I'm interested in how the election to the Scottish Parliament is going to go next year. Scotland uses the D'Hondt method to elect its representative (MSPs): 73 MSPs are elected to constituencies in a First Past the Post system; the remaining 56 MSPs are elected via a second vote. For the purpose of this question I'm only interested in the constituency MSPs.

There are already lots of opinion polls showing snapshots of public opinion regarding next year's election. If I take one of these opinion polls and feed the constituency polling data into a website such as http://www.scotlandvotes.com/holyrood, I can work out roughly how many constituencies a party would expect to win on a given share of the vote. How is this calculation carried out?

1 Answer 1


Using only voting percentaje, there is no way to directly translate that into seats. With FPTP methods, you could theoretically get a party with 50.1% of the vote getting 100% of the seats and a party with 49.9% of the vote getting 0 seats. See this video for general information, and this other specifically about the UK.

Now, distribution of the votes have a tendency of repeating past patterns, so you could use those as a guide to extrapolate the distribution of those vote into constituencies.

A crude way would be using just the distribution of vote from the last elections. For example, imagine:

  • 3 constituencies C1, C2, C3.
  • party A got 1.000.000 votes last election: 600.000 at C1, 300.000 at C2, 100.000 at C3.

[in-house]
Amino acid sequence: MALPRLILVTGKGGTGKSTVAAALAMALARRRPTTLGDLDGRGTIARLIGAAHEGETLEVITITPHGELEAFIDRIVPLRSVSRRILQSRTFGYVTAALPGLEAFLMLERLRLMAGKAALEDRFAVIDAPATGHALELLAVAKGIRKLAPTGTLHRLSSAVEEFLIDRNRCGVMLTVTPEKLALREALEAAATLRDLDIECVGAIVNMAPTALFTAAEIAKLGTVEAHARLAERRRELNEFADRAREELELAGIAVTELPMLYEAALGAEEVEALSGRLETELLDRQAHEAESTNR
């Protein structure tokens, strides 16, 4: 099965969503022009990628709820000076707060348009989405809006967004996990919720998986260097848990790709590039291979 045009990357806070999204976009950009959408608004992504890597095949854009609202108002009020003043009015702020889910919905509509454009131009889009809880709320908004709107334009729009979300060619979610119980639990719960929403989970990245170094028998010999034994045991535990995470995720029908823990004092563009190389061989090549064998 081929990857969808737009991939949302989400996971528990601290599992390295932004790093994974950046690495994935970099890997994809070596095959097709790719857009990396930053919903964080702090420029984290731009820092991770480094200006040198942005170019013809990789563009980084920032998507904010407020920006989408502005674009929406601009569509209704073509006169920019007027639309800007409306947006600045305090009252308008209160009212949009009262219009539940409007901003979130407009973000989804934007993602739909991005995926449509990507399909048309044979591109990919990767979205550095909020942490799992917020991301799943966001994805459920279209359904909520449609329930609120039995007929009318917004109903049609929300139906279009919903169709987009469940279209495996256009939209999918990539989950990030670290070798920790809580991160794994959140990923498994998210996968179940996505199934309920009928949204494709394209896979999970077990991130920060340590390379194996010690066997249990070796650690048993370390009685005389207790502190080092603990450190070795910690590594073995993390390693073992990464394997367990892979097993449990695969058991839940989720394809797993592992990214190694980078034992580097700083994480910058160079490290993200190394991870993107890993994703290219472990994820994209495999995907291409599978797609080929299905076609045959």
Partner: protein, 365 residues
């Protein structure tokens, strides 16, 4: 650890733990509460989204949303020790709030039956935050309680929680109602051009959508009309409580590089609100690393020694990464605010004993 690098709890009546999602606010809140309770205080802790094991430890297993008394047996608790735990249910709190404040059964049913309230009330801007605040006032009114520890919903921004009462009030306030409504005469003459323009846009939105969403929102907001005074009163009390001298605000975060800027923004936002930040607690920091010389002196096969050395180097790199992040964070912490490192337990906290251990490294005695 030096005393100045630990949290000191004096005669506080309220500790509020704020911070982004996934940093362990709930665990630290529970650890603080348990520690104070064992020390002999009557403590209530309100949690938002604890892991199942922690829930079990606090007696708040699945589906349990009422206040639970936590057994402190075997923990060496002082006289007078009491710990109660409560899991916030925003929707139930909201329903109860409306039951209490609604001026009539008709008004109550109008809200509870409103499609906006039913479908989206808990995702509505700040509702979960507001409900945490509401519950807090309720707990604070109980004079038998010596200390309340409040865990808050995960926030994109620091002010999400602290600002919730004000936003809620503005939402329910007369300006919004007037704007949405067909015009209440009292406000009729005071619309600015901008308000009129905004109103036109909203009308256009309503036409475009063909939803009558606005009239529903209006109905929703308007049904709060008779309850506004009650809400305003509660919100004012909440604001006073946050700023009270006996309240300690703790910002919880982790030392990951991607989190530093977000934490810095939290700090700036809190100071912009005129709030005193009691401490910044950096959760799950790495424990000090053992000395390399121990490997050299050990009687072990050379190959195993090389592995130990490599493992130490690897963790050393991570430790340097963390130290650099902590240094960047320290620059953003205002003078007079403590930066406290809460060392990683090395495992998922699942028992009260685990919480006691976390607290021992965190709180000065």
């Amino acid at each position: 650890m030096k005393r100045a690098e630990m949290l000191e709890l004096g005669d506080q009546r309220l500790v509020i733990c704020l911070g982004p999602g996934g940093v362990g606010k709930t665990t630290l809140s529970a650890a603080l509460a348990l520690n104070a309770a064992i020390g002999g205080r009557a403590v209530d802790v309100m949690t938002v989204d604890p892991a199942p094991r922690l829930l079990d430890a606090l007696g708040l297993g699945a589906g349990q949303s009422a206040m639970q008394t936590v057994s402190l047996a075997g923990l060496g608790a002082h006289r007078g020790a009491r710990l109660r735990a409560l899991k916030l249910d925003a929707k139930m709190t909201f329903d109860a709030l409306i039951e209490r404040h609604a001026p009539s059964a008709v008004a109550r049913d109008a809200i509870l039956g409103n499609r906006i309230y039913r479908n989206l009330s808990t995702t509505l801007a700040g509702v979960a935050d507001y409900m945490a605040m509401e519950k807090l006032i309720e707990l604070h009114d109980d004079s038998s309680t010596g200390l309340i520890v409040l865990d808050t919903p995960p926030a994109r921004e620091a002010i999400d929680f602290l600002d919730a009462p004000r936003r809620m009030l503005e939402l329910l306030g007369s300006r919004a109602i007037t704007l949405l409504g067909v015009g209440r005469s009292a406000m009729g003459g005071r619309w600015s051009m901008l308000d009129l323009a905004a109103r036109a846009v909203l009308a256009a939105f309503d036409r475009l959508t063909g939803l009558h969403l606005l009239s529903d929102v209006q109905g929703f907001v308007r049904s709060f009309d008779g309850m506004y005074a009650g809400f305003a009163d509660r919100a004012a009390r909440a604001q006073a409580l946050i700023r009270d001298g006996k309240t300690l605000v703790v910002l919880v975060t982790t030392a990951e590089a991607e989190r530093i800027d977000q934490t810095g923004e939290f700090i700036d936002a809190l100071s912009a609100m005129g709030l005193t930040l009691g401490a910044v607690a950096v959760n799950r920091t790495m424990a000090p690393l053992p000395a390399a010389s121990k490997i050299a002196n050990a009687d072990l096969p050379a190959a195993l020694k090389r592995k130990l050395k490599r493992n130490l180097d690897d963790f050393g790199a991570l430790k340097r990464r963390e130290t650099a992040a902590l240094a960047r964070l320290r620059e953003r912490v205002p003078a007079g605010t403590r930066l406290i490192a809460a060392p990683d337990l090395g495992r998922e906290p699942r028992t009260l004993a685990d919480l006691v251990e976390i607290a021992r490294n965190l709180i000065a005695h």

• party B got 500.000 votes last election: 100.000 at C1, 200.000 at C2, 200.000 at C3.

Now, the polls assume that for the next elections, both party A and B will get 750.000 votes. Then, simply by assuming that the distribution of each party votes between constituencies will be the same, you get a prevision that:

  • party A will get 450.000 at C1, 225.000 at C2, 75.000 at C3
  • party B will get 150.000 at C1, 300.000 at C2, 300.000 at C3

Of course, this is only the crudest of the analysis; for example, if party B got 100% at a constituency, an increase in the polls will not mean that they will increase the votes at that constituency.

A more complete analysis would take into account not only the last election but also the evolution of the last years, and the evolution other variables that are somewhat related to political opinions: age, education level, etc. For example, if a big company moved its factories to a small district, it could lead to urban young people moving in and result in more progresssist vote results. But such an analysis is nothing that can be explained in an answer like this.

The getting actually acurate results, you should not use aggregated voter intention, but voter intention in each constituency. Of course, this means that in order to get a meaningful sample of voters, you will need to poll more people and so the poll will be more expensive. A second best option would be to aggregate the constituencies in groups that are socioeconomically similar and have a history of similar voting results, and poll each group independently.

  • Thanks! I guess what I'm aiming at is a rough and ready estimate, a bit like the one provided by scotlandvotes.com if you enter the projected vote percentages. That website must have an algorithm that knows about voting patterns in different seats, right? But this sort of thing doesn't seem to be available online...
    – Jim
    Oct 21, 2015 at 15:32

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